All the Peace and Fraternity of the Free World by Kelly Grotke

It’s a true story, I read it in Life magazine soon after the war, in between the ads. One of the ads was for some new packaging that would keep Mr. Lobster moist and happy all the way from Maine to your table.

I suppose I remember that because of the contrast, y’know? All that post-war confidence fizzling up like champagne, champagne and lobsters, that’s what the world was going to be and we were going to lead the charge into some bright new future of peace and prosperity.

The story was about a fellow who liked lobster, he liked all the good things money can buy, and he wasn’t middle-class American respectable about it either. Kept a few mistresses, sure. So far so good. Our countries were friends. I dunno. Seems like somebody was getting fucked. I mean, they had laws down there but this guy’s laws were so crazy that you could be put in prison for saying the summer there was awful hot. Defamation, right?

So yeah, he’s heard that someone said a few words against him here or there, so he has the guy picked up. Tells his men to have some fun with the poor bastard for a couple of days. And afterwards he has the body dropped off to the family, all wrapped up like some bloody entrails in butcher’s paper. And then he goes to the house. To comfort them.

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7 Comments

Filed under Kelly Grotke

7 responses to “All the Peace and Fraternity of the Free World by Kelly Grotke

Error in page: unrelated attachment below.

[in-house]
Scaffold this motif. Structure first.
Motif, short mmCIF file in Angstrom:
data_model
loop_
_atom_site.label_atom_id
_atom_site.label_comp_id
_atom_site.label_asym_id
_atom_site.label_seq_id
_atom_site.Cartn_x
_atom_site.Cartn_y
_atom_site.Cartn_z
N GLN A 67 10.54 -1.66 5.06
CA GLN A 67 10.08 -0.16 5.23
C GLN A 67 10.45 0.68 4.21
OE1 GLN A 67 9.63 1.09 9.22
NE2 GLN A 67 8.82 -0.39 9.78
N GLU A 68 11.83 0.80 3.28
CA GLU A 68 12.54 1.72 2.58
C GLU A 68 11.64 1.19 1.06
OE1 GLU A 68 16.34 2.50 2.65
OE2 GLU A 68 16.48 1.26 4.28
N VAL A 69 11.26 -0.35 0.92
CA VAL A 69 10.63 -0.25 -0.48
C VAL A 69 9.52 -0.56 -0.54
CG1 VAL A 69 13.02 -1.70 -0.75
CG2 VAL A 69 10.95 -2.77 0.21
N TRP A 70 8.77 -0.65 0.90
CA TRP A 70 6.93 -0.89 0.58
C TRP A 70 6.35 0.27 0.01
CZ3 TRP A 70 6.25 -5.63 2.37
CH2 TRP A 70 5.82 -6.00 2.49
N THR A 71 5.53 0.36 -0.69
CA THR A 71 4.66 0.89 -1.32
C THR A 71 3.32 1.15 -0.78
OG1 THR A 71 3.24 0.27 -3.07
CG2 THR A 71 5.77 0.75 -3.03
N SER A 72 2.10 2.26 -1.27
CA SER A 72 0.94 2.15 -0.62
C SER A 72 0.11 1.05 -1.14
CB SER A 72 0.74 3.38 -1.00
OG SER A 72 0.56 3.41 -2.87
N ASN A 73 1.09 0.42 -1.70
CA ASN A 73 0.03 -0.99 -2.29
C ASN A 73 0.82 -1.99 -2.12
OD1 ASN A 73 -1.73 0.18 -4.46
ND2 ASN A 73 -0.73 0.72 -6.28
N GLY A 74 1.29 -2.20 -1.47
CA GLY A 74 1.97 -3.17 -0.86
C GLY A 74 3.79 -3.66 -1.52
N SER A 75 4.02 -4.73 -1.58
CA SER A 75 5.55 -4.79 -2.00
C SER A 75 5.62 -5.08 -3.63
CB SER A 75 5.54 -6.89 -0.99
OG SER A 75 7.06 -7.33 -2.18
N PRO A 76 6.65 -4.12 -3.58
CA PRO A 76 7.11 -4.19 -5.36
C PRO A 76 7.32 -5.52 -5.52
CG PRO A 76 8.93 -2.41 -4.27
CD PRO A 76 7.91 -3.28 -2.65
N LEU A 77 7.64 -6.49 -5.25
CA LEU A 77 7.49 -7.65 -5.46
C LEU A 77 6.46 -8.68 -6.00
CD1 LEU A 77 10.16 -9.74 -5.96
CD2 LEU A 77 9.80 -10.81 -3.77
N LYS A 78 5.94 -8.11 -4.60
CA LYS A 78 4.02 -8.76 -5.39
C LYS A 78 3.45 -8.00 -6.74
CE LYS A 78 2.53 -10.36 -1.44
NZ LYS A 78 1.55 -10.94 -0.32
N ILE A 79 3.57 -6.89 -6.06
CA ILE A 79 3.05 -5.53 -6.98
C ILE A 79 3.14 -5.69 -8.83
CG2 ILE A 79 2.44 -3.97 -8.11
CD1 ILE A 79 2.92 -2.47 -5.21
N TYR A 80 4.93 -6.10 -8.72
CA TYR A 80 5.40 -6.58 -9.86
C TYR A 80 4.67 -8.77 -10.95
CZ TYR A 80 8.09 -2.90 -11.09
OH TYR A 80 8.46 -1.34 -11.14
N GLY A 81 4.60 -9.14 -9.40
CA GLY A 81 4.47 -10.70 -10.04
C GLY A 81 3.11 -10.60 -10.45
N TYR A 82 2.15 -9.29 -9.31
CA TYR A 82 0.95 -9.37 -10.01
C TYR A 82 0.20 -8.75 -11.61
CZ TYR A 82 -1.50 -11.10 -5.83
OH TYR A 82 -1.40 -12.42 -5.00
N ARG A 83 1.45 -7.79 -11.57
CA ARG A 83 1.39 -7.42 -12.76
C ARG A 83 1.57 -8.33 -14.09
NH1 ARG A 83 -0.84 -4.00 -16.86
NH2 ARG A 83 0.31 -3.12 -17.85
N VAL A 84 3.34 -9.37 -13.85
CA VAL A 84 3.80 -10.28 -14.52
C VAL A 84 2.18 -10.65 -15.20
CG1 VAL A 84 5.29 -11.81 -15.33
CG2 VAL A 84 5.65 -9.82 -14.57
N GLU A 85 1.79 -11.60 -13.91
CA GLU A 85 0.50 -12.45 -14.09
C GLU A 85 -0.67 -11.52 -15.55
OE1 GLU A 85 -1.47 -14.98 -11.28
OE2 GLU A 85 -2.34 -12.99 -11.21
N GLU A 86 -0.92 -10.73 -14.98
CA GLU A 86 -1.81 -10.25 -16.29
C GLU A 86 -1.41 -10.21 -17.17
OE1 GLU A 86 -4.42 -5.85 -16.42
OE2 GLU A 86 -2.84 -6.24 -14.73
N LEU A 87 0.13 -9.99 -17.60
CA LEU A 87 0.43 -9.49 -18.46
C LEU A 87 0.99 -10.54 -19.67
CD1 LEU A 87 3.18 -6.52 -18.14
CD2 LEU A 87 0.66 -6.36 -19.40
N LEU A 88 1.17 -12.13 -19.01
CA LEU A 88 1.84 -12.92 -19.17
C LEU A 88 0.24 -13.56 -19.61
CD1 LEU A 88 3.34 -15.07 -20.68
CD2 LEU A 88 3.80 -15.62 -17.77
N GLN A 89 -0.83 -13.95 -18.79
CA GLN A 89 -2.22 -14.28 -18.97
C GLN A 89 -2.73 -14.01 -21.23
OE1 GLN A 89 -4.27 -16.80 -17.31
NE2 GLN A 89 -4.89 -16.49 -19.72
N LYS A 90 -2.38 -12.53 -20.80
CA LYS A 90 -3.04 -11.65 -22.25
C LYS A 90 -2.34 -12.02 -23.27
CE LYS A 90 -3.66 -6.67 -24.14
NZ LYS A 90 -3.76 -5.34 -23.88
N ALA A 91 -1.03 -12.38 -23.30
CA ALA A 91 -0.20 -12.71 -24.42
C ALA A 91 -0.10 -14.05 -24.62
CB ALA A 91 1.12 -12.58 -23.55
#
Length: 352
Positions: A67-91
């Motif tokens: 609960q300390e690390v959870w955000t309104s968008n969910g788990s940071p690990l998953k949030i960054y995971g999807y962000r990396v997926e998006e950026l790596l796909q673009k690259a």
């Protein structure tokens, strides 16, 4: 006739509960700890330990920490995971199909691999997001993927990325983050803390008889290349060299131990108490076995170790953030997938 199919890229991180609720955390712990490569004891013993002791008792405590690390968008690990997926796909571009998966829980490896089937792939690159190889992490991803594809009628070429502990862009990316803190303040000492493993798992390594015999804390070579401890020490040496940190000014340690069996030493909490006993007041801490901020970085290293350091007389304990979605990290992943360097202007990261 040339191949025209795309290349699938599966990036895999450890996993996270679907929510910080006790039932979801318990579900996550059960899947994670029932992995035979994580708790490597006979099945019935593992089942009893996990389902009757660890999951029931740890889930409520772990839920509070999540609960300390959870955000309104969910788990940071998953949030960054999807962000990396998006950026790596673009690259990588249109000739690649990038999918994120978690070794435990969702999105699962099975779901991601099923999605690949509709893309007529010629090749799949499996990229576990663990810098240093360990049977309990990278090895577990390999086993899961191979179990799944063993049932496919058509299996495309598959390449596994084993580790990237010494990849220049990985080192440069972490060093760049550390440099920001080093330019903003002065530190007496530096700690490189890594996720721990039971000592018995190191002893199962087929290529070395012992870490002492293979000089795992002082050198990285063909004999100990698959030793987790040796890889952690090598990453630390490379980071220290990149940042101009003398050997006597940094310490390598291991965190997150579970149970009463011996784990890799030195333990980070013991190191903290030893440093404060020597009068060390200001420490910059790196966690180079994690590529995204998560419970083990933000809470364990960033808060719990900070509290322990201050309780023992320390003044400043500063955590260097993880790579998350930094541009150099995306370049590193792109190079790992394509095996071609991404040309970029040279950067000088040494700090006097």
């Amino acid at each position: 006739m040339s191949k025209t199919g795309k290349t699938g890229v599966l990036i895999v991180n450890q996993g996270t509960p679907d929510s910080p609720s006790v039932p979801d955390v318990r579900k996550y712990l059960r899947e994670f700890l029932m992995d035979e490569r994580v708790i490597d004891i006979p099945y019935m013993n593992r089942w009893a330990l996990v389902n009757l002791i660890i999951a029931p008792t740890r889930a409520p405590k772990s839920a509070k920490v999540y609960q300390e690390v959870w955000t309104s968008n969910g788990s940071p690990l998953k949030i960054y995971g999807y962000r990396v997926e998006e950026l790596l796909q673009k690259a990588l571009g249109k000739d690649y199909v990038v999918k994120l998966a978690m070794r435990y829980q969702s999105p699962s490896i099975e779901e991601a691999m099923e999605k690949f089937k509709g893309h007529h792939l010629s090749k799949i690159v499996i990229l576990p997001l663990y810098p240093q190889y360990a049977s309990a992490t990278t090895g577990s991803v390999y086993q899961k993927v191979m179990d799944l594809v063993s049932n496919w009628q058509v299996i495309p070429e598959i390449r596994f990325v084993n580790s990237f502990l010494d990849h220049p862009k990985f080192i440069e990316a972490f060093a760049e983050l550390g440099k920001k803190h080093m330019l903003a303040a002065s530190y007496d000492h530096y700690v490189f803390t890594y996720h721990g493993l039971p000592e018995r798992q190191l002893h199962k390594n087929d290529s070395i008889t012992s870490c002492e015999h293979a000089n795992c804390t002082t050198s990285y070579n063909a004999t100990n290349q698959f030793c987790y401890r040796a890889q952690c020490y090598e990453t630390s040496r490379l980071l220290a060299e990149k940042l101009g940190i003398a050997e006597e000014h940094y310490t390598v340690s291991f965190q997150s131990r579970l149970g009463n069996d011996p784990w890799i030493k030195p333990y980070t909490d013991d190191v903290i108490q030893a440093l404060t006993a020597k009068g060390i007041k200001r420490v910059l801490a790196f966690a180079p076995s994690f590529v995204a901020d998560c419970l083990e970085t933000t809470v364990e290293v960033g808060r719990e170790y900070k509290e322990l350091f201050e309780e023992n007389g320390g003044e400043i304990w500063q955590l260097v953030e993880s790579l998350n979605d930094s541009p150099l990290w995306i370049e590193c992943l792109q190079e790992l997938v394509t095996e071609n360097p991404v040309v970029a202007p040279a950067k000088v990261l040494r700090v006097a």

1. Ewww! But it’s no worse than man has done to man since the beginning of time. Well done.

  2. guy

    This is a different voice for you. It reads like the vernacular of those bubbly & confident Americans who enlisted gangsters as bulwarks against communism. All on the same page.

    • Kelly

      yes, it is a bit different. The result of spending a day wading through whatever I could find on Trujillo’s dictatorship in the Dominican Republic. So, based on real and by-and-large forgotten events – just wanted to take a look at the past, given recent developments, and get at it all somehow, the simultaneity of naivete and brutality.

  3. An interesting contrast, the way the prosperous American families are shown against the tyrant. Nicely done.

  4. Pingback: Week #42 – Under wraps | 52|250 A Year of Flash

  5. Kelly

    I appreciate your reading & your comments (even when I am rather late in acknowledging them) – thanks

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